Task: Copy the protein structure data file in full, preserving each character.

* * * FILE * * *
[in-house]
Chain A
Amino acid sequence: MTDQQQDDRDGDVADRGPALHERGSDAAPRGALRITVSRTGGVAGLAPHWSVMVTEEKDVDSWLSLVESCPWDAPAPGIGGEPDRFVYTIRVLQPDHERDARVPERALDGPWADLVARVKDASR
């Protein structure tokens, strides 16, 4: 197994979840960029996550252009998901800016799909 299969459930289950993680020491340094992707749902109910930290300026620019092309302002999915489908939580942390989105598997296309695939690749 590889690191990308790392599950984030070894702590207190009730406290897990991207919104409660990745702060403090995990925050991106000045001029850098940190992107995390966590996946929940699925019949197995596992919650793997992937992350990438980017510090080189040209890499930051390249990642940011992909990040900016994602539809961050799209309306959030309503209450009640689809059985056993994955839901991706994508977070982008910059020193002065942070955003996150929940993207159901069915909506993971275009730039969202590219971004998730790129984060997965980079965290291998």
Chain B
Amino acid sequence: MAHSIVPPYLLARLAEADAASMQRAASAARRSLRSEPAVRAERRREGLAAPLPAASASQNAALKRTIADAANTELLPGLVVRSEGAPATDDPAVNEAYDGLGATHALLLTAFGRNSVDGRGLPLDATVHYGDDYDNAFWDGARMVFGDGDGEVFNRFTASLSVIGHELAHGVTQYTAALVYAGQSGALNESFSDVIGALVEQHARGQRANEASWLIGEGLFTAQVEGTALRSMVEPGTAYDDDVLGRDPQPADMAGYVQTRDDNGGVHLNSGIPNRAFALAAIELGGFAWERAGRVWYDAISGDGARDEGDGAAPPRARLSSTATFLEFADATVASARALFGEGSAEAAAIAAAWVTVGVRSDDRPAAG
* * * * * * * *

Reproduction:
[in-house]
Chain A
Amino acid sequence: MTDQQQDDRDGDVADRGPALHERGSDAAPRGALRITVSRTGGVAGLAPHWSVMVTEEKDVDSWLSLVESCPWDAPAPGIGGEPDRFVYTIRVLQPDHERDARVPERALDGPWADLVARVKDASR
């Protein structure tokens, strides 16, 4: 197994979840960029996550252009998901800016799909 299969459930289950993680020491340094992707749902109910930290300026620019092309302002999915489908939580942390989105598997296309695939690749 590889690191990308790392599950984030070894702590207190009730406290897990991207919104409660990745702060403090995990925050991106000045001029850098940190992107995390966590996946929940699925019949197995596992919650793997992937992350990438980017510090080189040209890499930051390249990642940011992909990040900016994602539809961050799209309306959030309503209450009640689809059985056993994955839901991706994508977070982008910059020193002065942070955003996150929940993207159901069915909506993971275009730039969202590219971004998730790129984060997965980079965290291998």
Chain B
Amino acid sequence: MAHSIVPPYLLARLAEADAASMQRAASAARRSLRSEPAVRAERRREGLAAPLPAASASQNAALKRTIADAANTELLPGLVVRSEGAPATDDPAVNEAYDGLGATHALLLTAFGRNSVDGRGLPLDATVHYGDDYDNAFWDGARMVFGDGDGEVFNRFTASLSVIGHELAHGVTQYTAALVYAGQSGALNESFSDVIGALVEQHARGQRANEASWLIGEGLFTAQVEGTALRSMVEPGTAYDDDVLGRDPQPADMAGYVQTRDDNGGVHLNSGIPNRAFALAAIELGGFAWERAGRVWYDAISGDGARDEGDGAAPPRARLSSTATFLEFADATVASARALFGEGSAEAAAIAAAWVTVGVRSDDRPAAG